Whenever we travel to Japan we always bring back a few of these Pochi Bukuro, small envelopes to enclose a token of your gratitude. They come in a wide variety of designs including traditional, seasonal and contemporary. We found these modern designs at Japanese site, Klastyling. We love the simplicity of the designs and felt that this would be a wonderful weekend project. Complete instructions in Japanese can be found here.
Images: Courtesy of Klastyling.
Satoru Aoyama is known for his photo-realistic embroidery as depicted in his series, “Embroiderers”. However, we really do like his newer work incorporating found objects particularly those in his studio. Born in Japan the textile artist received a Bachelor of Arts degree in London and went on for his masters in Chicago. He works with an old Singer sewing machine to create these meticulously embroidered works. The process of making is important to the artist and he hopes that in viewing his work, people will appreciate the embroidery and ultimately question the relationship between the images presented and the process of making.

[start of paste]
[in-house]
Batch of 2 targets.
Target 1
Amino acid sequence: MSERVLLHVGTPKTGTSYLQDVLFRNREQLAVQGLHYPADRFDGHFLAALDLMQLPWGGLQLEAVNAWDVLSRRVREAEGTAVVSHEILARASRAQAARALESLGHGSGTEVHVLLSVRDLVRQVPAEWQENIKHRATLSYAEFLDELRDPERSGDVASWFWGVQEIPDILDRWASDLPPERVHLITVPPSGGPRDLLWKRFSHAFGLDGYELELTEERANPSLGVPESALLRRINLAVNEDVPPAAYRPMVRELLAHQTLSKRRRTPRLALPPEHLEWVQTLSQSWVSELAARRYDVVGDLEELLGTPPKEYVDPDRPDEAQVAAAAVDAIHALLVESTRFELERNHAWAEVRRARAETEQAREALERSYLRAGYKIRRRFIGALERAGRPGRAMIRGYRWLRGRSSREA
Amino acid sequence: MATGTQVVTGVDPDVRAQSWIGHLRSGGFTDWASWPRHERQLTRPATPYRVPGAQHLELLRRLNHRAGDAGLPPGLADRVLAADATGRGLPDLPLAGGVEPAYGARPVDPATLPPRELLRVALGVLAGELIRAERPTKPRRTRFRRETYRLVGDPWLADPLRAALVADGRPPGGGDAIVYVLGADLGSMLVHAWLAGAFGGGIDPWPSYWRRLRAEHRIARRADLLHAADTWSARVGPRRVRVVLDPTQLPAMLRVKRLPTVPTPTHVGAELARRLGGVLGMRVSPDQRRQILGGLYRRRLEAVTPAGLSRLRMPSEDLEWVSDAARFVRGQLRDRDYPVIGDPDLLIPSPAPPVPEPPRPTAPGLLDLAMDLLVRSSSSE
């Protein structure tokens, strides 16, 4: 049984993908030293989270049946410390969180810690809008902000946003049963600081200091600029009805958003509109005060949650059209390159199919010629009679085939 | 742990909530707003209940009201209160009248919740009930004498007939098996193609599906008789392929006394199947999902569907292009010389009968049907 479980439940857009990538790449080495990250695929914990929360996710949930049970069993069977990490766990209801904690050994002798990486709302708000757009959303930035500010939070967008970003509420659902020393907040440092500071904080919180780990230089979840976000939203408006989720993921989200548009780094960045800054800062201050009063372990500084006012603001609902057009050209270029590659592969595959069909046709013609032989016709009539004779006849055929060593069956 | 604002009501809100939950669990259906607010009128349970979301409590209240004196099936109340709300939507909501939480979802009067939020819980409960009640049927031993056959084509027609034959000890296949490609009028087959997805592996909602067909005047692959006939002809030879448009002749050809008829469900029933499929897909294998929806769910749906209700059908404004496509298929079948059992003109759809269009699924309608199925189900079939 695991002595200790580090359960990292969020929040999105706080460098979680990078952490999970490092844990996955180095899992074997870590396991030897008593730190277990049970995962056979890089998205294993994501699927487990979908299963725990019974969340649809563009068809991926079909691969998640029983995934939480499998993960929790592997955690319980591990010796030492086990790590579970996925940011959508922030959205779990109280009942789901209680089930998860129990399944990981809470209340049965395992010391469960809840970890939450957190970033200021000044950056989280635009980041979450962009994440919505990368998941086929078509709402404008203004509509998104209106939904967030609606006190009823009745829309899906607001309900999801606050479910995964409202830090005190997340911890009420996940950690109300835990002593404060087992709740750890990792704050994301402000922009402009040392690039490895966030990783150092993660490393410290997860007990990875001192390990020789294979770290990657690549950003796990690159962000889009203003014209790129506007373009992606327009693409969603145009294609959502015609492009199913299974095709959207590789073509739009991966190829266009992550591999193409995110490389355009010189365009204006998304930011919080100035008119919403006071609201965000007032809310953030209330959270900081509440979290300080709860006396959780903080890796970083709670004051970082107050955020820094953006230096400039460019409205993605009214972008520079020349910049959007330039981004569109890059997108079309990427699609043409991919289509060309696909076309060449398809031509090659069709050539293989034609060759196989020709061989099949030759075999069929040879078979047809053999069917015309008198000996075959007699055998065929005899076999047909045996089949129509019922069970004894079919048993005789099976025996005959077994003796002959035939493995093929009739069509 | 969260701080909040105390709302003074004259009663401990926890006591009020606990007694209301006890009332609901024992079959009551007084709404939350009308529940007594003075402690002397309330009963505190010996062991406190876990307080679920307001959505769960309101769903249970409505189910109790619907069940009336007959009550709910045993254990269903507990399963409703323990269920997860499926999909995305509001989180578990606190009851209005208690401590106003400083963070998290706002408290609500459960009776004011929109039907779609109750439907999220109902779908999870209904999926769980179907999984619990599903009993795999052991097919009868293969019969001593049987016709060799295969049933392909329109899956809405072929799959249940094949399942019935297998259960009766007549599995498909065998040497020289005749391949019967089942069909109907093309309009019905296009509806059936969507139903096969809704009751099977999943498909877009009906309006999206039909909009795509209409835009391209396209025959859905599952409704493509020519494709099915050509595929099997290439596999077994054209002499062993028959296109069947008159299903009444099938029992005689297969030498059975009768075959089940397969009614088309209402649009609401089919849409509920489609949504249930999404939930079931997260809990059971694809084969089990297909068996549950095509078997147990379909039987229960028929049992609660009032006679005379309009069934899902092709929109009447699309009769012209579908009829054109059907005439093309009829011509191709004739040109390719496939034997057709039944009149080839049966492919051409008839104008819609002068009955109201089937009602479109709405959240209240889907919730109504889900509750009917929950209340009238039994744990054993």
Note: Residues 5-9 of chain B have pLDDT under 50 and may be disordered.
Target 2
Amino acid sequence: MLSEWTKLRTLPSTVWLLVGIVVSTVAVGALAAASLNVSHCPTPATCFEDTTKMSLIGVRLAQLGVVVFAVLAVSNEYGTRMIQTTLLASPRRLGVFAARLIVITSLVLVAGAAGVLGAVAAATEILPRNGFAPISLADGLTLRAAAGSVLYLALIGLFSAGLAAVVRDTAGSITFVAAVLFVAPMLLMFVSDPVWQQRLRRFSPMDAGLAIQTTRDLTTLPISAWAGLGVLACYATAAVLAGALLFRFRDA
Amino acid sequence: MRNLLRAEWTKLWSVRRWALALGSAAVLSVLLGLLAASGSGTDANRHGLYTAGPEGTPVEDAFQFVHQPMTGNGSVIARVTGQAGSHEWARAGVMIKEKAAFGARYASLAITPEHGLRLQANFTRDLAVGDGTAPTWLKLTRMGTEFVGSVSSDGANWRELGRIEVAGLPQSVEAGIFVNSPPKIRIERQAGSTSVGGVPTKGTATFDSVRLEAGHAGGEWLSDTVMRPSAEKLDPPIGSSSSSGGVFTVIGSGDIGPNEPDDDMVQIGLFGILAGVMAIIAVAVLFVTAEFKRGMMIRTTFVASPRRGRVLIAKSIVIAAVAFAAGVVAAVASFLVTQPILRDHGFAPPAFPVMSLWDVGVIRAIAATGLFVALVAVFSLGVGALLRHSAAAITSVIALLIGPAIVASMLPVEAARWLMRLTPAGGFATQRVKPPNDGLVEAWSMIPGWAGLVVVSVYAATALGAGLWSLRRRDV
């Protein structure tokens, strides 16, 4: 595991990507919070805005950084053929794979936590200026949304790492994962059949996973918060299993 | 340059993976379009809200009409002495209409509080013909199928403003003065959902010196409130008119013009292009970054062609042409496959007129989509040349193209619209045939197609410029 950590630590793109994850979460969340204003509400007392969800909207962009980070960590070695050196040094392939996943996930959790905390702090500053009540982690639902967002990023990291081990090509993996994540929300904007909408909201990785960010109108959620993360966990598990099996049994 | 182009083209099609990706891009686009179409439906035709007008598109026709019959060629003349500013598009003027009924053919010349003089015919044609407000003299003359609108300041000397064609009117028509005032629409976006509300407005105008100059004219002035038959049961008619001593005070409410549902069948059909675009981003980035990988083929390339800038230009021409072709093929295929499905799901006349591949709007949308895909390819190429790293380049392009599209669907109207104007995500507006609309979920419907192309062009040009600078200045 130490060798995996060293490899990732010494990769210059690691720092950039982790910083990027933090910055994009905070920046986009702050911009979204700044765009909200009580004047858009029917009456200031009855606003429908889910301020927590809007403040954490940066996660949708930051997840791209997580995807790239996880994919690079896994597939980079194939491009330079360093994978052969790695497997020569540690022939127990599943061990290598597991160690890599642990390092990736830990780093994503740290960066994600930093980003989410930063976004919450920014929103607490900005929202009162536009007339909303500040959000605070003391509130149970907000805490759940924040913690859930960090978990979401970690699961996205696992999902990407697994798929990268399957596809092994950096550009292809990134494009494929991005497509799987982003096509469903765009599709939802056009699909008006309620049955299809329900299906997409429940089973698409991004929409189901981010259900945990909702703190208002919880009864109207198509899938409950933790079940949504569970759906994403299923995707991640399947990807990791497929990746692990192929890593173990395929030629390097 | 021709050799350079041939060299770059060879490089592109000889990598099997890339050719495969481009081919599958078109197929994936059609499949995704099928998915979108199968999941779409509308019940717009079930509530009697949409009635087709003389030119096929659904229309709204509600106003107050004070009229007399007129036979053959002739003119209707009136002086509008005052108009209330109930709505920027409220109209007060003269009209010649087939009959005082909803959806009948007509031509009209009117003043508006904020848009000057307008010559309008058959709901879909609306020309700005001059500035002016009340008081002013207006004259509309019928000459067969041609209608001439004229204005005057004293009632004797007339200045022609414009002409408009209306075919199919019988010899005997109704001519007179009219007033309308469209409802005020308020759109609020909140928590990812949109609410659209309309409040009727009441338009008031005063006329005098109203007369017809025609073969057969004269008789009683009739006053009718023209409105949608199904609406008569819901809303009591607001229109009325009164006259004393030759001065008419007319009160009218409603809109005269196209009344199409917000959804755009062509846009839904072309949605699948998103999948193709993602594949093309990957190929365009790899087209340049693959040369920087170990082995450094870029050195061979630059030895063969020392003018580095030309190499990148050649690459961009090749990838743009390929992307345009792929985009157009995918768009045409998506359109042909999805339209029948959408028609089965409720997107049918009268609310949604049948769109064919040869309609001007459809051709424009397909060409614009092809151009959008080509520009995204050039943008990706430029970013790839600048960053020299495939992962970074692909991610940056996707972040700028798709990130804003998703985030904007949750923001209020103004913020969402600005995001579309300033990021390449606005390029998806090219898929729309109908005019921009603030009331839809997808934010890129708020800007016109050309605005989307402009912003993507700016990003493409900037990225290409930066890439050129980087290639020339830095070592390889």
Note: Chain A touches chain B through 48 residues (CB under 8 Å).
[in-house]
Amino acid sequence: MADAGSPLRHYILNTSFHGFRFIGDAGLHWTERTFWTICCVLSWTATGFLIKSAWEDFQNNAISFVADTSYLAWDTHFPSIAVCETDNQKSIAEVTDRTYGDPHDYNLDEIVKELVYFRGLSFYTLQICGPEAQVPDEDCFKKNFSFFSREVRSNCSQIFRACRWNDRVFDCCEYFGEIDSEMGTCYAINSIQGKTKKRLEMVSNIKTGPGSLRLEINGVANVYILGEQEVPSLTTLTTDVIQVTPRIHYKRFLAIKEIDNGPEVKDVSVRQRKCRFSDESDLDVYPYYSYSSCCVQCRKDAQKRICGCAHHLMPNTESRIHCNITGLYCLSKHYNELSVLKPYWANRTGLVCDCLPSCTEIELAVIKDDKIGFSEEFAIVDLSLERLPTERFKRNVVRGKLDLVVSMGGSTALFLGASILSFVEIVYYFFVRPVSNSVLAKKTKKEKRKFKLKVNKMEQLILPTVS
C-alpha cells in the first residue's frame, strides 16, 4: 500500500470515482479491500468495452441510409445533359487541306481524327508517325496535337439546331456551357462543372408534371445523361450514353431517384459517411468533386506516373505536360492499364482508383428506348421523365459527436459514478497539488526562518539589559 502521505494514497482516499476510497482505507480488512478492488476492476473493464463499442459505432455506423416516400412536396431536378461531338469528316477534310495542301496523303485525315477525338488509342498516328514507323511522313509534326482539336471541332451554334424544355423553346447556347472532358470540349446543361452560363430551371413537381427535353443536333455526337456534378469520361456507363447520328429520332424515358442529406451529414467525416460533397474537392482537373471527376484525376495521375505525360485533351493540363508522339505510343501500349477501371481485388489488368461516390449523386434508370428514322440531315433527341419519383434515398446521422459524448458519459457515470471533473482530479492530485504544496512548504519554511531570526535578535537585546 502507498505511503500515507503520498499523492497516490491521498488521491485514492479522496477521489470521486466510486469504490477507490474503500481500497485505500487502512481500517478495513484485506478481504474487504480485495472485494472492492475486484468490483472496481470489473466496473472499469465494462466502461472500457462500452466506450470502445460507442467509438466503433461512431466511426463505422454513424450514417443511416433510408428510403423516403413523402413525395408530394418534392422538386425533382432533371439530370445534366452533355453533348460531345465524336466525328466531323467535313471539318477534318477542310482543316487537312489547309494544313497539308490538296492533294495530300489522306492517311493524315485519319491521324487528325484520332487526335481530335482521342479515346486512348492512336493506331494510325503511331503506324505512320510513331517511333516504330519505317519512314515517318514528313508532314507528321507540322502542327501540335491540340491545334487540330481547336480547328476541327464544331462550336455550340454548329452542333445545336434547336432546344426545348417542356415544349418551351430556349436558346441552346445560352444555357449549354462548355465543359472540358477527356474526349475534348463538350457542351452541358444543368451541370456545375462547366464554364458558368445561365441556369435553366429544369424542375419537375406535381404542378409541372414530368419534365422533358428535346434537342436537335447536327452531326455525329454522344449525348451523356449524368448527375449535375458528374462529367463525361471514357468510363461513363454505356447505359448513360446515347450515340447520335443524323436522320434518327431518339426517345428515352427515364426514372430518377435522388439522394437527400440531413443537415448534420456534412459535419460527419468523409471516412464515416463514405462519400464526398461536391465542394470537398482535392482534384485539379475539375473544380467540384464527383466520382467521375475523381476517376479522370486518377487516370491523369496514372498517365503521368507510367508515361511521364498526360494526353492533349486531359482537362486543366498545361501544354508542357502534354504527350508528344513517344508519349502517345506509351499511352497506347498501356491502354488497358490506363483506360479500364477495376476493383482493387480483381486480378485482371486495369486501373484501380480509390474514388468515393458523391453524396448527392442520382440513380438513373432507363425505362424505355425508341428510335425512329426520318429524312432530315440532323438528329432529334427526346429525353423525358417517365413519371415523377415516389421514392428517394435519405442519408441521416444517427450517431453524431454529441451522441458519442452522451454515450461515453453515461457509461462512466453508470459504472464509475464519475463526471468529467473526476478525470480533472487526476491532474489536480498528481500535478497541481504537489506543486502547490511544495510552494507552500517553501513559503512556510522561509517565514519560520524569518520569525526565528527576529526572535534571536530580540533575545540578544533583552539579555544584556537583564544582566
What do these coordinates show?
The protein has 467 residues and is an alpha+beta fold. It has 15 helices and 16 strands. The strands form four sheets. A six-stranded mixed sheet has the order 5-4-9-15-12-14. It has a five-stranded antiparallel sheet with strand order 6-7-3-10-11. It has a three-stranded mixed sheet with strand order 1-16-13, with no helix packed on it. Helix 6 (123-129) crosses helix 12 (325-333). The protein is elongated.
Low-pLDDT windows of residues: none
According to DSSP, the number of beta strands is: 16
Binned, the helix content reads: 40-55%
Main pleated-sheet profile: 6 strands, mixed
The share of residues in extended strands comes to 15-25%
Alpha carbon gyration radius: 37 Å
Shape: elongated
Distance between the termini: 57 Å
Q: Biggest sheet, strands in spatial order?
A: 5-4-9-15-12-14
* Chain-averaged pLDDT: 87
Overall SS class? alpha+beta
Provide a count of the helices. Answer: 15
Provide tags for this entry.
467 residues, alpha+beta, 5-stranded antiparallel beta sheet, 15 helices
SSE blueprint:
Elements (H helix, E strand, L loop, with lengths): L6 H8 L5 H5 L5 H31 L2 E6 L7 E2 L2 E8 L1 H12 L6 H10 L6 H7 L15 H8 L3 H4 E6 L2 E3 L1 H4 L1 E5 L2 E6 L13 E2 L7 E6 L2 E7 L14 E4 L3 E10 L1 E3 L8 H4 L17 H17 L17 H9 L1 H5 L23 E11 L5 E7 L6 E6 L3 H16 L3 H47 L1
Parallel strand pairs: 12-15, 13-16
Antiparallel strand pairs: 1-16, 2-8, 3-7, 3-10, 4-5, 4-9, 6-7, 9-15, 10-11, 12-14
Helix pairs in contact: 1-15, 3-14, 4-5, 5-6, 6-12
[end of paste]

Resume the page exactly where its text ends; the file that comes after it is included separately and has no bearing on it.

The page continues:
You can find the artist on his website, Instagram and on Facebook as well.
Images: Courtesy of Satoru Aoyama.
Thinking about trying our hands at paper cutting. These designs are the works of Japanese cutting artist, illustrator and designer Yuya Takamizawa. His work is influenced by folk art from around the world and Scandinavian design. He creates his work at Atelier Folk where he sells paper cutouts, tenugui (cloth towel), and postcards while his wife sells yeast bread and jam. You can view his work on his website and Instagram. You can also view his wife’s culinary expertise on Atelier Sparrow and on Instagram.
Images: Courtesy of Yuya Takamizawa.